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Few Aortic Aneurysm Screening Benefits Seen

September 28, 2012
Written by: , Filed in: Abdominal Imaging, Cardiac Imaging, Chest Radiology
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Since 2007, Medicare has covered a one-time abdominal aortic aneurysm ultrasound screening for most men age 65 or older. A new study published in Archives of Internal Medicine shows that few men have taken advantage of the opportunity. An accompanying commentary argues that they shouldn’t.

Full disclosure before we go any further: an unsuspected (and initially misdiagnosed) abdominal aortic aneurysm (AAA) killed my father. So I have a personal interest in the efficacy of screening.

New male Medicare enrollees 65 or older with a history of smoking are eligible for the one-time screening, thanks to the 2006 Screening Abdominal Aortic Aneurysms Very Efficiently (SAAAVE) Act. About 60 percent of men in that age group would thus qualify. But, according to the study, published online last week, the rate of screening among 65-year-old men increased only from 7.6 percent in 2004 to 9.6 percent in 2008.

And, the study says, that increase in screening was not associated with any changes in rates of AAA repair, AAA rupture, or all-cause mortality.

Two commentaries, published in Archives at the same time, question the benefits of AAA screening. One details the case of “Mr. R,” who underwent screening that detected an aneurysm. An endovascular aneurysm repair stent graft left him in significantly worse physical shape than before the procedure.

The other commentary contends that “there is new evidence that the burden of AAA is rapidly decreasing.” It notes that in the United States and other Western countries, mortality from ruptured AAA has decreased by as much as 50 percent in the past 10 to 15 years, paralleling the reduction of smoking prevalence among the affected population. (My father, a physically fit retired farmer who smoked cigars, died in 2001 at age 73.)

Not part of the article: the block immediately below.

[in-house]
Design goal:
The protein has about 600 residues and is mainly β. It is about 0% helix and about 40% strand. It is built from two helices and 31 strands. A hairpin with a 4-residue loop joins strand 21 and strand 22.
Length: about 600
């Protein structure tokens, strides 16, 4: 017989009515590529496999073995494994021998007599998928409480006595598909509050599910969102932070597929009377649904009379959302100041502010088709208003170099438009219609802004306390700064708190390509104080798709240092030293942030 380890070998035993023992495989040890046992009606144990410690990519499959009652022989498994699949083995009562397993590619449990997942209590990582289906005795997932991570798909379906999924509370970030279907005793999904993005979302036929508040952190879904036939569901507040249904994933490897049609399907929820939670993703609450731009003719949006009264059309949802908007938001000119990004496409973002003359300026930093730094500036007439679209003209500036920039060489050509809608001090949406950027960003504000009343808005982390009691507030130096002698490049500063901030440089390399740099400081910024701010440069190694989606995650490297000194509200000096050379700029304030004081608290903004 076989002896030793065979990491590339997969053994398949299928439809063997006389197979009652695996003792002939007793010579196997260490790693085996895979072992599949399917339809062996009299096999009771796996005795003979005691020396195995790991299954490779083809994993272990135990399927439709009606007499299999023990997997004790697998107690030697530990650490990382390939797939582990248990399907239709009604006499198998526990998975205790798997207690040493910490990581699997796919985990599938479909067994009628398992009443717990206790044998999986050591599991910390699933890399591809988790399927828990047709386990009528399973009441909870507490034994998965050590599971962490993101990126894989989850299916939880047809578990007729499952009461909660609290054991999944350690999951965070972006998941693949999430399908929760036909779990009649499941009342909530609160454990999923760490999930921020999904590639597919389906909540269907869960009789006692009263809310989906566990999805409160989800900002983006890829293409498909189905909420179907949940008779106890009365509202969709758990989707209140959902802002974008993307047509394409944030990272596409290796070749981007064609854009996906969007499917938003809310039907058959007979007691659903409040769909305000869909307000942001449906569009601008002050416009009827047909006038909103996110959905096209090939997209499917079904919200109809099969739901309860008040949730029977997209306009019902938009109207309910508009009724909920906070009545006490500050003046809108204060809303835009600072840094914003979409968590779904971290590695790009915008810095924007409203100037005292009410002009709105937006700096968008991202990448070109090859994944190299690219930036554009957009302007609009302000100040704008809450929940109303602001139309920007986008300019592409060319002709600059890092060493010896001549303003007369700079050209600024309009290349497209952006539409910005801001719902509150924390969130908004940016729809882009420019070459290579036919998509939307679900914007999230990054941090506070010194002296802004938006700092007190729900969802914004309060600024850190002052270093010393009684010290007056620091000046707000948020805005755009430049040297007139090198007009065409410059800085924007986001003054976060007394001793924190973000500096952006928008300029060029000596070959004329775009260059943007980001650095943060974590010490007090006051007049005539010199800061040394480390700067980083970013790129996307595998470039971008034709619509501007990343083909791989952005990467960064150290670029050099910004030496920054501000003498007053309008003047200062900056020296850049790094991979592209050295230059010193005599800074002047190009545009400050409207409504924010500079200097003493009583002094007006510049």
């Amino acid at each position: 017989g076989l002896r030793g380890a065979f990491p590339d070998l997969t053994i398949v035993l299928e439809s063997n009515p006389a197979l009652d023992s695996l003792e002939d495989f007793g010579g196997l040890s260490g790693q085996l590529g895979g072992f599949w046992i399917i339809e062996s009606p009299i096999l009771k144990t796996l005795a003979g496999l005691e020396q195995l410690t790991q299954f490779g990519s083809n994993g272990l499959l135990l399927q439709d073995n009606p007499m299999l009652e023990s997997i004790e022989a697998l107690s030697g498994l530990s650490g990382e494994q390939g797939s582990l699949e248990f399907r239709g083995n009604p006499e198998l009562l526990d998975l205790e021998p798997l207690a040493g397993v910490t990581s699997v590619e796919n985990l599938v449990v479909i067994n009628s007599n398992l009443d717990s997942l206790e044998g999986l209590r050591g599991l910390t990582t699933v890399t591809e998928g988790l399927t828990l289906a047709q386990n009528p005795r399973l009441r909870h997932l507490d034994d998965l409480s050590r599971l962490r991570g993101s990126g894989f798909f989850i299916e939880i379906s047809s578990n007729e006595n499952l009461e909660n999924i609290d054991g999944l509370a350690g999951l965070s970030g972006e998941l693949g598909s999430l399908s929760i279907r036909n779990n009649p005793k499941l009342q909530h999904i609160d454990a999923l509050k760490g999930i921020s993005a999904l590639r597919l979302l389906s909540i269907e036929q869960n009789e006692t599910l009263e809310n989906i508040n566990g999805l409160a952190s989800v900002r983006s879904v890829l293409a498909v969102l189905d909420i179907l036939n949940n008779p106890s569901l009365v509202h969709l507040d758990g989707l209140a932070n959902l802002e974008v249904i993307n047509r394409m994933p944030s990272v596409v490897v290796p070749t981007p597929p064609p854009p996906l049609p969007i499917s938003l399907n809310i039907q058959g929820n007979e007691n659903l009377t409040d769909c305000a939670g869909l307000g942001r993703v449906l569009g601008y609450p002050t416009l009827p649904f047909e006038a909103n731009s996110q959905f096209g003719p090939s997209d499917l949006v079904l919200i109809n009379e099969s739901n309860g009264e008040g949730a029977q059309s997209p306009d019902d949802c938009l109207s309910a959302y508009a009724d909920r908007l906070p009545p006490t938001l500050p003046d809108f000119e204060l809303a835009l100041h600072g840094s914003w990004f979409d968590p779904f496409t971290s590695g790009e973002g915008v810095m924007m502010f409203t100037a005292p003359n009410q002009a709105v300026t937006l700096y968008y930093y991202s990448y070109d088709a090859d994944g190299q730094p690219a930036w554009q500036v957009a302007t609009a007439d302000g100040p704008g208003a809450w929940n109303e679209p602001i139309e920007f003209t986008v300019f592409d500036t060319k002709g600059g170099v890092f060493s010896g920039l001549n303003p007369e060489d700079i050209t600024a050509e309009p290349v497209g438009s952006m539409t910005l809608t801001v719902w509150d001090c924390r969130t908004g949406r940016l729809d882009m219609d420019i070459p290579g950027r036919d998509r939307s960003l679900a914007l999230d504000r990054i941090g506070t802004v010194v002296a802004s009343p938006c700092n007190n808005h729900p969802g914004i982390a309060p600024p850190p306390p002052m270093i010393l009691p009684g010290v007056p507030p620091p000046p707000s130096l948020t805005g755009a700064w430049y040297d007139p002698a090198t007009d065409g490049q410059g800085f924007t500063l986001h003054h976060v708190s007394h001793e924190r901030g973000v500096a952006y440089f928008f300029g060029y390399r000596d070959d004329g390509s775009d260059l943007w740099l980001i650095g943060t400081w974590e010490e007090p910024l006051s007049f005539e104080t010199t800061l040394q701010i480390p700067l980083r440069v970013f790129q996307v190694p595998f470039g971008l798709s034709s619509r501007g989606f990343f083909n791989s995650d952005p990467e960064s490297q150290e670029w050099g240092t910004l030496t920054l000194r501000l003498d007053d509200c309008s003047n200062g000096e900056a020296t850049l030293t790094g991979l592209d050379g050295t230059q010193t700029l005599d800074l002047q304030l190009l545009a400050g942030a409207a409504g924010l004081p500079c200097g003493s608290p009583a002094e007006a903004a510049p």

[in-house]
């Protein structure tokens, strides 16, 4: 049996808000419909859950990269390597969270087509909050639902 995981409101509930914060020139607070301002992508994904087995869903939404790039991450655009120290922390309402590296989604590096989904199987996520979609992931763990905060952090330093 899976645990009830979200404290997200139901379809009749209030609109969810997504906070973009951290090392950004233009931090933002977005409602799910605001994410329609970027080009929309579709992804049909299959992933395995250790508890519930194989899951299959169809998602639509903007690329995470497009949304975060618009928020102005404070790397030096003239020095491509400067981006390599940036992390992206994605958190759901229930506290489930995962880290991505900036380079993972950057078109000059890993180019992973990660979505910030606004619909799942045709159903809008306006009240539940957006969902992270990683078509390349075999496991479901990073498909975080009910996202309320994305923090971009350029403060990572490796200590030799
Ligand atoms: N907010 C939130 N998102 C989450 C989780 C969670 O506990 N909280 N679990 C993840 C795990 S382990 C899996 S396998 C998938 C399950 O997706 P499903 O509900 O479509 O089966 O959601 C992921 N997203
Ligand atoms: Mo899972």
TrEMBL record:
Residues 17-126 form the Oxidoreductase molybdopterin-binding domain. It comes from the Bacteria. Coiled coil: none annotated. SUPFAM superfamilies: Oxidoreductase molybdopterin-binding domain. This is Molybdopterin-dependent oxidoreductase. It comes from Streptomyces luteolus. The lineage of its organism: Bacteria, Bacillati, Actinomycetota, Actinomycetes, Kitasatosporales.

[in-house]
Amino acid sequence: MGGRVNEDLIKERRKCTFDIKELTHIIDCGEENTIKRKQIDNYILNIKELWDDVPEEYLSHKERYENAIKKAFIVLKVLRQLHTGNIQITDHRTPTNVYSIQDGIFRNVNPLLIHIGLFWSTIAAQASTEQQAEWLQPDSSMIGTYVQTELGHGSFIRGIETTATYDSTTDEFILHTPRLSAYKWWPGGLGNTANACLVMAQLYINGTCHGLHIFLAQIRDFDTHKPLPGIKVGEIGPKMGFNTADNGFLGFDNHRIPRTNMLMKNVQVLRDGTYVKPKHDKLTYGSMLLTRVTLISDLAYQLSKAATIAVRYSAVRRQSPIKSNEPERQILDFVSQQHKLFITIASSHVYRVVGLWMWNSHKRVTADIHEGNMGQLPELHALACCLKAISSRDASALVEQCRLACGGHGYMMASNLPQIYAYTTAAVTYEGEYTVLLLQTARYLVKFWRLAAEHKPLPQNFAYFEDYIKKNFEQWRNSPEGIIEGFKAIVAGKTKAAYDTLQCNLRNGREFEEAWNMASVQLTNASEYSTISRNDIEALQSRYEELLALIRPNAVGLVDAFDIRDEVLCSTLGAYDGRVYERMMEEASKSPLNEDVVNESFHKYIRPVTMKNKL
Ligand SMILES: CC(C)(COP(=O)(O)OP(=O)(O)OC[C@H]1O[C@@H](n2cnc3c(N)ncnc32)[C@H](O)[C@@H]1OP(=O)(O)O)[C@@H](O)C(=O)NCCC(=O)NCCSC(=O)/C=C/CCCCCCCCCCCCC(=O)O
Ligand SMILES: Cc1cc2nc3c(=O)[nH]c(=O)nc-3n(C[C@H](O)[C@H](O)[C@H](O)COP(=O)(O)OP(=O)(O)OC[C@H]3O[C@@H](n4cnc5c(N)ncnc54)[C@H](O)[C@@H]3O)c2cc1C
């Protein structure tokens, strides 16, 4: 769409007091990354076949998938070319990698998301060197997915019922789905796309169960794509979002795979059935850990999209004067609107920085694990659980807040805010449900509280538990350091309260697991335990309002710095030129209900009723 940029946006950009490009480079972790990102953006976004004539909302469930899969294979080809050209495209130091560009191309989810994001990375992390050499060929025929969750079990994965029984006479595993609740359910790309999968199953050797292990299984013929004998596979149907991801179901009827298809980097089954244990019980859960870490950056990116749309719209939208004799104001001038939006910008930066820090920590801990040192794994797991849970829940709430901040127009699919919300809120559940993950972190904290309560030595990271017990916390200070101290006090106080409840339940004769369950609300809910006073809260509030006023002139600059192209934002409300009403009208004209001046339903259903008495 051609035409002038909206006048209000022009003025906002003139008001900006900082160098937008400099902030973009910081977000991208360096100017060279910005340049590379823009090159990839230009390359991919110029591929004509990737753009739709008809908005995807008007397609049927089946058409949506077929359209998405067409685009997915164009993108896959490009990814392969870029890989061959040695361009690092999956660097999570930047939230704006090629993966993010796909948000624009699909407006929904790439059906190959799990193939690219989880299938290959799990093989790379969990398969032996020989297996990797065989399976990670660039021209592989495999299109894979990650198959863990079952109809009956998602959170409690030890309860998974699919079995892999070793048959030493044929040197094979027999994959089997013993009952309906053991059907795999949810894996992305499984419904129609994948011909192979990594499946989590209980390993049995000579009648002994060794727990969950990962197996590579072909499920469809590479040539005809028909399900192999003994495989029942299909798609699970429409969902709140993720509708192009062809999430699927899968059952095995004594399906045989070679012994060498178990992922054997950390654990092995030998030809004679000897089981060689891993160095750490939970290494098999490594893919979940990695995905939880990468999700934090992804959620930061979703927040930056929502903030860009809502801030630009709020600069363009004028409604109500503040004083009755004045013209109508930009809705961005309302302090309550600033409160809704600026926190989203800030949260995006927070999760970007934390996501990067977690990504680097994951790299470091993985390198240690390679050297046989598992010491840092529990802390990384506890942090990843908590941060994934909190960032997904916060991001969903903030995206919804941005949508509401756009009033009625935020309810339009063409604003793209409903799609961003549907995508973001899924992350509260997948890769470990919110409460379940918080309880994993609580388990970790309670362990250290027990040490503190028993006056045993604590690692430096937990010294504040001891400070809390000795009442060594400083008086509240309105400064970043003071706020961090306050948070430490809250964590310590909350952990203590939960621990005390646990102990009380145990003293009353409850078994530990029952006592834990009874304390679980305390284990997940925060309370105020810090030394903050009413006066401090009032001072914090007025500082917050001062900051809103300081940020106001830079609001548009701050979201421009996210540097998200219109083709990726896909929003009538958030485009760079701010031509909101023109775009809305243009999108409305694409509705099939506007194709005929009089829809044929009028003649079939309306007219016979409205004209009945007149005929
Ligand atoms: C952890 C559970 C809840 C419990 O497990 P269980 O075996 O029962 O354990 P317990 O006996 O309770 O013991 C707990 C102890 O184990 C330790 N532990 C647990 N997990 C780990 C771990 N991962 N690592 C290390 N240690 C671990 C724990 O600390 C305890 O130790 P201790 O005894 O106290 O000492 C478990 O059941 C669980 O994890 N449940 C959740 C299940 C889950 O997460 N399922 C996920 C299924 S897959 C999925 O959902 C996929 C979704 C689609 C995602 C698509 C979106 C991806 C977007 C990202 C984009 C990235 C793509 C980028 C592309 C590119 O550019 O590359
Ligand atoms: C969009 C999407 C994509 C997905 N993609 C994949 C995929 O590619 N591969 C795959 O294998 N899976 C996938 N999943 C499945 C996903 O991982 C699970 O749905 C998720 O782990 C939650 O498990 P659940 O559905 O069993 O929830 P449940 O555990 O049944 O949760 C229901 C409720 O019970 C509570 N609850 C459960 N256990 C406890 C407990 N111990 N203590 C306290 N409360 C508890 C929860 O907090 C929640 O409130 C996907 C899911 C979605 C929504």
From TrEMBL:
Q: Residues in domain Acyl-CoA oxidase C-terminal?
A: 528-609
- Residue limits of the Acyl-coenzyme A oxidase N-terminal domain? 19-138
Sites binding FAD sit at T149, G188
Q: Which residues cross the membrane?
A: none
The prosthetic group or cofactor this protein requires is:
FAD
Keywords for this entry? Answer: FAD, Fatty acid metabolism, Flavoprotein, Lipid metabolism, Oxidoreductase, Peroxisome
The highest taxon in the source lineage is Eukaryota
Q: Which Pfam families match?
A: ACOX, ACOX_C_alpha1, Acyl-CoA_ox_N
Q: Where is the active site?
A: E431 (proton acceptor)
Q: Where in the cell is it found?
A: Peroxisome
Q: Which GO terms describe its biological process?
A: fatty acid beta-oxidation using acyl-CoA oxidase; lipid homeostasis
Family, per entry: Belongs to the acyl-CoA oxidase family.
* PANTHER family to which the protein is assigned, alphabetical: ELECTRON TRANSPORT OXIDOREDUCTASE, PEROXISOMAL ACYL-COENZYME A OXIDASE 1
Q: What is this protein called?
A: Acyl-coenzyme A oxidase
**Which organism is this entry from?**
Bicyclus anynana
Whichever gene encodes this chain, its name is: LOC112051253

The commentary suggests not only that screening may have little benefit, but also that small aneurysms that are detected are overtreated.

One of the study authors thinks screening needs to be given more of a chance. Greater utilization of the screening and a longer follow-up period would give a truer picture of the benefits of screening, according to Jacqueline Baras Shreibati, MD, of Stanford University Medical Center:

Our primary objective was just to evaluate before and after the SAAAVE Act. It would have been nice to see some type of clinical effect, but that would certainly deserve an additional study with longer follow-up.

Dr. Shreibati is the study’s lead author. She was interviewed by Medscape’s heartwire.

In 2005, the U.S. Preventive Services Task Force recommended a one-time ultrasound AAA screening for men age 65 to 75 who had ever smoked, but not for anyone else. I’m 59. I’ve never smoked. I’m fine with forgoing a screening.

But I’m going to keep an eye on the research.

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Related seminar: Cardiovascular & Pulmonary Imaging

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